The sweltering competition of cars, motorcycles, and rickshaws was but one aspect of a culture that is constantly on the move. And by the time we set off for the overnight drive to Varanasi, a pilgrimage city 500 miles due southeast, I knew I had to have a turn behind the wheel in India.
The thousands of miles that followed proved a cautionary guide to life on the local roads, replete with the hindsight knowledge that would intimidate even some adventurous travelers. Honk when passing, each and every time, to let fellow drivers know of your presence. Pass on whichever side affords the most space. A strong horn is as important as strong brakes. The bigger vehicle always has the right of way. Driving long distances at night is highly ill-advised. There are no cupholders in the Tata Indigo. Roadside chai does not sit well in one’s lap along unpaved roads in the wilds of Utter Pradesh. Even if a rickshaw honks and its driver screams and flails his arms, the truck has the right of way. And an overturned truck facing the wrong direction at the beginning of a rocky, mountainous pass signals trouble ahead.
As we reached the Taj Mahal at the end of the second week, I attempted a pitch letter to all of India’s public relations professionals that billowed with curiosity and likely gave away my position as a newly minted freelancer. I pressed “send,” and the waiting game began, as I was traveling without regular access to a phone, e-mail, or a computer.
After three soul-crushing days of not receiving any correspondence, we were in Bikaner, on the edge of not far from India’s western border with Pakistan. I sat down at the motel computer for a look. I had a bite. A major Indian automaker was ready to invite me to its factory near Mumbai – about 750 miles south of Agra – “for test drives of some of our cars in our Pune plant along with a plant visit” a week later.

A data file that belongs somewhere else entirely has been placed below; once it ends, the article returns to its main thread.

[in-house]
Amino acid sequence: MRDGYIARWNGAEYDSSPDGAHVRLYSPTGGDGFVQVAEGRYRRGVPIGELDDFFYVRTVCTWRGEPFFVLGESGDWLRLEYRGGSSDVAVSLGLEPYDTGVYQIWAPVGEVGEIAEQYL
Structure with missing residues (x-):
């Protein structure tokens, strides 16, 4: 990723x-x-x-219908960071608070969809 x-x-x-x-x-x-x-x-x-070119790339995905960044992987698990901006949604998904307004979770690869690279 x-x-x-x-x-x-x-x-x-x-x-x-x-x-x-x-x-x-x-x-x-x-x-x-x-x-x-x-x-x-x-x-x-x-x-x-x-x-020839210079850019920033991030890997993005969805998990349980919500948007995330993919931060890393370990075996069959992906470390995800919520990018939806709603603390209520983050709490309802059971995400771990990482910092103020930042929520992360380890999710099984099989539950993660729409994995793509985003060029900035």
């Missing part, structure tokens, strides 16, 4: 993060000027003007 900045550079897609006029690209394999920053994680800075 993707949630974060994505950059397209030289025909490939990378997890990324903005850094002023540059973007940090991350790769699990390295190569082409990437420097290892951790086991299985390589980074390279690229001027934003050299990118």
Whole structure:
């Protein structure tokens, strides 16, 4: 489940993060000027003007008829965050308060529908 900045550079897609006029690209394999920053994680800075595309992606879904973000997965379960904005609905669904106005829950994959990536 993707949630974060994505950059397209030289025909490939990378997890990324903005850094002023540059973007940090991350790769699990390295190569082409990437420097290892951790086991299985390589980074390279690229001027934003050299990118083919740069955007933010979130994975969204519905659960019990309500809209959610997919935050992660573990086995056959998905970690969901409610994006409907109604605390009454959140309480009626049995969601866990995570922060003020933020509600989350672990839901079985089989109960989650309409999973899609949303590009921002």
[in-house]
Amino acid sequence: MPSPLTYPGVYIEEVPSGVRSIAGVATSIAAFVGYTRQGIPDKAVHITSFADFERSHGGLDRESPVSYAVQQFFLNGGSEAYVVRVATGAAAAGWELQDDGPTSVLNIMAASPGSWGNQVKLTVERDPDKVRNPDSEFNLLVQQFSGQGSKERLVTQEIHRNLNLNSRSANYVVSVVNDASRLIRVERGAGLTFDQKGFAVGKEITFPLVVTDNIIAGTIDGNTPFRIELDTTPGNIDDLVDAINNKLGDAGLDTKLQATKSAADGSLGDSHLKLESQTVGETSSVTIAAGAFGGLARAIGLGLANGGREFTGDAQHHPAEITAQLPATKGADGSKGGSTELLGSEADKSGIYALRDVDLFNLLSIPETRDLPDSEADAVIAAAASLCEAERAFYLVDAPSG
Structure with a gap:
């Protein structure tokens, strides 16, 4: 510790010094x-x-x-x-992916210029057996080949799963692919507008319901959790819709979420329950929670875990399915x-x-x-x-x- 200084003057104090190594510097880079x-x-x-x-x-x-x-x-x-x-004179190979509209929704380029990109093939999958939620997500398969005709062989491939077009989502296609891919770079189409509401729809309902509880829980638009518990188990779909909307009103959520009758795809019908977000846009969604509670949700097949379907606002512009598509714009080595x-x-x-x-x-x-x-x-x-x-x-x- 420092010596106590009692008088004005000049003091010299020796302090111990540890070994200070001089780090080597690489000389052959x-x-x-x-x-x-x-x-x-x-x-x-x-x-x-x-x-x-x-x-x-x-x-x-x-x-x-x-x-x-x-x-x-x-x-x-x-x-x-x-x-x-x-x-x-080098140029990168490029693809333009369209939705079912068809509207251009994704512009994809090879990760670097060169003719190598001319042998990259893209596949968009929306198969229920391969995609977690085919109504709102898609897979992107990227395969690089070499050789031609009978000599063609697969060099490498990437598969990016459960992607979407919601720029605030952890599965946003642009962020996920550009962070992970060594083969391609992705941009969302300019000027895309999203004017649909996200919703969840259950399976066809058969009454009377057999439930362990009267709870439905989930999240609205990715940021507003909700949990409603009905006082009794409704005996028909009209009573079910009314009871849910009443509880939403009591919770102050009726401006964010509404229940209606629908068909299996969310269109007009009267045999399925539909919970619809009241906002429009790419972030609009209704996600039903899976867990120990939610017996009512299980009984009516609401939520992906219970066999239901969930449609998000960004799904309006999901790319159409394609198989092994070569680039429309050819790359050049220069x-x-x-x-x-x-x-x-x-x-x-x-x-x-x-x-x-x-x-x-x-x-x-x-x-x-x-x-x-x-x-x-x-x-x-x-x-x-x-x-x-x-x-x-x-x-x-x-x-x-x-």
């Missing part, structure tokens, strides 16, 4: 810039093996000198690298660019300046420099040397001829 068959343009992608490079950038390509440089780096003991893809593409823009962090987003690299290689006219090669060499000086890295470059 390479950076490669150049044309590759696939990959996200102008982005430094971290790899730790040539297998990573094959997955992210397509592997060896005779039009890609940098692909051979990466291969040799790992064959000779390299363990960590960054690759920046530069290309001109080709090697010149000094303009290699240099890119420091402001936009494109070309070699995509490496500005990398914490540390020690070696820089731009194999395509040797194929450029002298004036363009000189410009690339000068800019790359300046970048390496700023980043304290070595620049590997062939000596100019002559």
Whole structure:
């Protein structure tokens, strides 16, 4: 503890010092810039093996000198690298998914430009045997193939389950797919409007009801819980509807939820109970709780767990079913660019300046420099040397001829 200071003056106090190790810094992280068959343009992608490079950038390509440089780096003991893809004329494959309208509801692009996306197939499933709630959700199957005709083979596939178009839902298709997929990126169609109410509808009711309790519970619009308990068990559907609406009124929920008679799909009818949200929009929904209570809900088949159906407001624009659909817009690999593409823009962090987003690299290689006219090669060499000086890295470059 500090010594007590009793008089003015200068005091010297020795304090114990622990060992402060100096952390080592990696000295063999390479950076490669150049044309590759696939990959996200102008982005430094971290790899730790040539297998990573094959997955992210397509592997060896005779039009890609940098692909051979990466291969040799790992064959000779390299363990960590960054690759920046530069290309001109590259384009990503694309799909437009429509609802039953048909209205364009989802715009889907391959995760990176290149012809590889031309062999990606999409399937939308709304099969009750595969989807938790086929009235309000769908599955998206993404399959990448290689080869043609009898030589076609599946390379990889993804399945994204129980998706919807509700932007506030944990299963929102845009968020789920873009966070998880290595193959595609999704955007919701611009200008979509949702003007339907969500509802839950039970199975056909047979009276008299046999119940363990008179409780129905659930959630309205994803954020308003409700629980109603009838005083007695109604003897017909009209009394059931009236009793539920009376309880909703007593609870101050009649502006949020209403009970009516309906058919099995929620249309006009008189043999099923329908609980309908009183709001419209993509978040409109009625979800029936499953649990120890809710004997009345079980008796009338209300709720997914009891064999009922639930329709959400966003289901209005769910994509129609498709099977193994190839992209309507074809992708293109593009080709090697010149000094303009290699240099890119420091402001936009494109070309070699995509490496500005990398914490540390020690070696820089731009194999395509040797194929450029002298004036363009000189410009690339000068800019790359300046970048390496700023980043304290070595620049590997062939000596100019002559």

I dropped everything and made the necessary arrangements. We were going. I was going to be the journalist who drove the cars of India and lived to tell the tale.
We bid farewell to the driver and caught a direct train that would bring us much closer to the destination. The 27 hours by train from Bikaner to Mumbai were lost in heat, sweat and unnerved sense of self. It wasn’t hot on the train at all – neither from the moment I boarded nor throughout the journey. As the train passed from the northwestern desert country through to India’s busiest metropolis, it was actually rather cool. Maybe it had something to do with the breeze that came in through the side windows. Perhaps it was the eight cups of chai that were purchased and consumed along the journey that settled the equilibrium and restored some sanity. India’s railway network is a triumph that makes America’s accomplishments in the field look childish.
Somewhere along the way, at one of the train’s 20 stops, my girlfriend’s Blackberry gained service. The sight of an email from the PR folks augured positive feelings – until I read it. My visit to the factory, toward which I was inching closer every minute, would be stymied by other, visiting journalists. As quickly as the buildup to my visit had occurred, the dream had swiftly ended. We arrived in Mumbai, a city teeming with the movement of humans, animals, goods, and ideas, and quickly departed, once more, to conclude our trip in the southern beach area of Goa.
I never had the chance to drive the pride of India’s domestic auto manufacturers, or write the story that would boost my fledgling career. But years later, the trip to India still stands out as the benchmark against which all subsequent trips were measured. And none of them quite stacked up.
Perhaps it’s because they lacked a Tata Indigo.